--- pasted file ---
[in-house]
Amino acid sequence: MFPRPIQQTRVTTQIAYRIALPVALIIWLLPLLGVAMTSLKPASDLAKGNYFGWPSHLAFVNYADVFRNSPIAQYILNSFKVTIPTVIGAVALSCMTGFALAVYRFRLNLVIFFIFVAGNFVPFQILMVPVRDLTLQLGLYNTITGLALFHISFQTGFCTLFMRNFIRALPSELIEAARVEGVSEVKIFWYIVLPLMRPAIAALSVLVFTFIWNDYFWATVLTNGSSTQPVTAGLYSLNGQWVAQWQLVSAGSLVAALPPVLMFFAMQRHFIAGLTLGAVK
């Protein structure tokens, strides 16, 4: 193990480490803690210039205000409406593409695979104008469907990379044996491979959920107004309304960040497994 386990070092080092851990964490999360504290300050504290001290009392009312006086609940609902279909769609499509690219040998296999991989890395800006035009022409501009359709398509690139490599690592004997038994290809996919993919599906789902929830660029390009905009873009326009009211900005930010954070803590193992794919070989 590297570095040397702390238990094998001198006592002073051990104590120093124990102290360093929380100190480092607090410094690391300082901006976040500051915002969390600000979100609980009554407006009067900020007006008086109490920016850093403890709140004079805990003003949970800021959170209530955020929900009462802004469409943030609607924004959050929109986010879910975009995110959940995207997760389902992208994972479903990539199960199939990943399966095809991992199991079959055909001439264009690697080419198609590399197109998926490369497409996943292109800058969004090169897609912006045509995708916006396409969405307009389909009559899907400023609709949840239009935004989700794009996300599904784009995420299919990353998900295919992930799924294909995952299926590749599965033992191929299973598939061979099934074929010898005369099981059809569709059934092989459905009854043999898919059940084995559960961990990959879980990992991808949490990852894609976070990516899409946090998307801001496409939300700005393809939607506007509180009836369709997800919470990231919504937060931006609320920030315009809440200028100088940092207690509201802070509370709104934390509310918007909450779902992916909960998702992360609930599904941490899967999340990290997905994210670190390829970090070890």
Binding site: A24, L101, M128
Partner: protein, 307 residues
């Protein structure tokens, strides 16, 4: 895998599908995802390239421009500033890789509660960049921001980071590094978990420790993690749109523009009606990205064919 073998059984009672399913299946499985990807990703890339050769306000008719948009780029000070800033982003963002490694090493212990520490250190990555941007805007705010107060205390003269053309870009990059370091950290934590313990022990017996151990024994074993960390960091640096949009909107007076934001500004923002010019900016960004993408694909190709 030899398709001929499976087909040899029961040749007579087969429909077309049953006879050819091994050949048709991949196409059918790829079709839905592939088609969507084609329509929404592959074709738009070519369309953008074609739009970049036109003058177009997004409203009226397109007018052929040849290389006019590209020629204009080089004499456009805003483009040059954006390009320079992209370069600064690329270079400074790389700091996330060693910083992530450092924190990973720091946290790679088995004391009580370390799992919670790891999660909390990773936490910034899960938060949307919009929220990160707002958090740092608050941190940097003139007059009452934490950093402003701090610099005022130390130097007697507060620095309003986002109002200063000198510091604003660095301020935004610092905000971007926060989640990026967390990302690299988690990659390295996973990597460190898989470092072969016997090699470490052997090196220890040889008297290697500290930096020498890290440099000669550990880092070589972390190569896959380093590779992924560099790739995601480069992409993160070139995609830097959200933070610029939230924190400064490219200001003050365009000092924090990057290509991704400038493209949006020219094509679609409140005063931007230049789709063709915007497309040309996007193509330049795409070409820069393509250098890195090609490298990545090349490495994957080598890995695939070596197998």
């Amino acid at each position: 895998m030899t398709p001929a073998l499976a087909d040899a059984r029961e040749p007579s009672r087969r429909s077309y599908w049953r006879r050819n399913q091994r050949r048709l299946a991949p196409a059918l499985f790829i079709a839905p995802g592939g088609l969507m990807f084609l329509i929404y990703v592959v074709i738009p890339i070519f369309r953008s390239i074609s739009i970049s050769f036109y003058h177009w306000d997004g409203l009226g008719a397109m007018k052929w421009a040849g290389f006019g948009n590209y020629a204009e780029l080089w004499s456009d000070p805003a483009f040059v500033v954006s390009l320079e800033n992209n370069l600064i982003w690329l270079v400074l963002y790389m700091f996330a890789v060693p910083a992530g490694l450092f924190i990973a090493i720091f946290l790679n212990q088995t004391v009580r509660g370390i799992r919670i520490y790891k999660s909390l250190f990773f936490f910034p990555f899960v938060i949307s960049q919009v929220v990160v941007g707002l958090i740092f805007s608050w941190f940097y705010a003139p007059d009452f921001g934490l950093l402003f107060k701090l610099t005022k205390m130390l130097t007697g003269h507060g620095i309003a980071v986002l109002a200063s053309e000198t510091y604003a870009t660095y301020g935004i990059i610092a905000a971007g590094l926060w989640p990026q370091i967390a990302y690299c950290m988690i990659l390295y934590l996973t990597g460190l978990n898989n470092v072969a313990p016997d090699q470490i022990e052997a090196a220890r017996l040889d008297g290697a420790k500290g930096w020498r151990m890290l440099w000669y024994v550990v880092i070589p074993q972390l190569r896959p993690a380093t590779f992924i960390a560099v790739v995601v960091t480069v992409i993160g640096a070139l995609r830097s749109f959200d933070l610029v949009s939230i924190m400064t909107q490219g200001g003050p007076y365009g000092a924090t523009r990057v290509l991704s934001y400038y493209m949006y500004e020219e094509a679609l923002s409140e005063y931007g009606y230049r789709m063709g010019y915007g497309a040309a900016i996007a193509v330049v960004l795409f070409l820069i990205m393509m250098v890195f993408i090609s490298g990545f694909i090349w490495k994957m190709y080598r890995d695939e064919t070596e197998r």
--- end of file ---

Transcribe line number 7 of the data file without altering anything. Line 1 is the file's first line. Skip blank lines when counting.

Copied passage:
């Amino acid at each position: 895998m030899t398709p001929a073998l499976a087909d040899a059984r029961e040749p007579s009672r087969r429909s077309y599908w049953r006879r050819n399913q091994r050949r048709l299946a991949p196409a059918l499985f790829i079709a839905p995802g592939g088609l969507m990807f084609l329509i929404y990703v592959v074709i738009p890339i070519f369309r953008s390239i074609s739009i970049s050769f036109y003058h177009w306000d997004g409203l009226g008719a397109m007018k052929w421009a040849g290389f006019g948009n590209y020629a204009e780029l080089w004499s456009d000070p805003a483009f040059v500033v954006s390009l320079e800033n992209n370069l600064i982003w690329l270079v400074l963002y790389m700091f996330a890789v060693p910083a992530g490694l450092f924190i990973a090493i720091f946290l790679n212990q088995t004391v009580r509660g370390i799992r919670i520490y790891k999660s909390l250190f990773f936490f910034p990555f899960v938060i949307s960049q919009v929220v990160v941007g707002l958090i740092f805007s608050w941190f940097y705010a003139p007059d009452f921001g934490l950093l402003f107060k701090l610099t005022k205390m130390l130097t007697g003269h507060g620095i309003a980071v986002l109002a200063s053309e000198t510091y604003a870009t660095y301020g935004i990059i610092a905000a971007g590094l926060w989640p990026q370091i967390a990302y690299c950290m988690i990659l390295y934590l996973t990597g460190l978990n898989n470092v072969a313990p016997d090699q470490i022990e052997a090196a220890r017996l040889d008297g290697a420790k500290g930096w020498r151990m890290l440099w000669y024994v550990v880092i070589p074993q972390l190569r896959p993690a380093t590779f992924i960390a560099v790739v995601v960091t480069v992409i993160g640096a070139l995609r830097s749109f959200d933070l610029v949009s939230i924190m400064t909107q490219g200001g003050p007076y365009g000092a924090t523009r990057v290509l991704s934001y400038y493209m949006y500004e020219e094509a679609l923002s409140e005063y931007g009606y230049r789709m063709g010019y915007g497309a040309a900016i996007a193509v330049v960004l795409f070409l820069i990205m393509m250098v890195f993408i090609s490298g990545f694909i090349w490495k994957m190709y080598r890995d695939e064919t070596e197998r």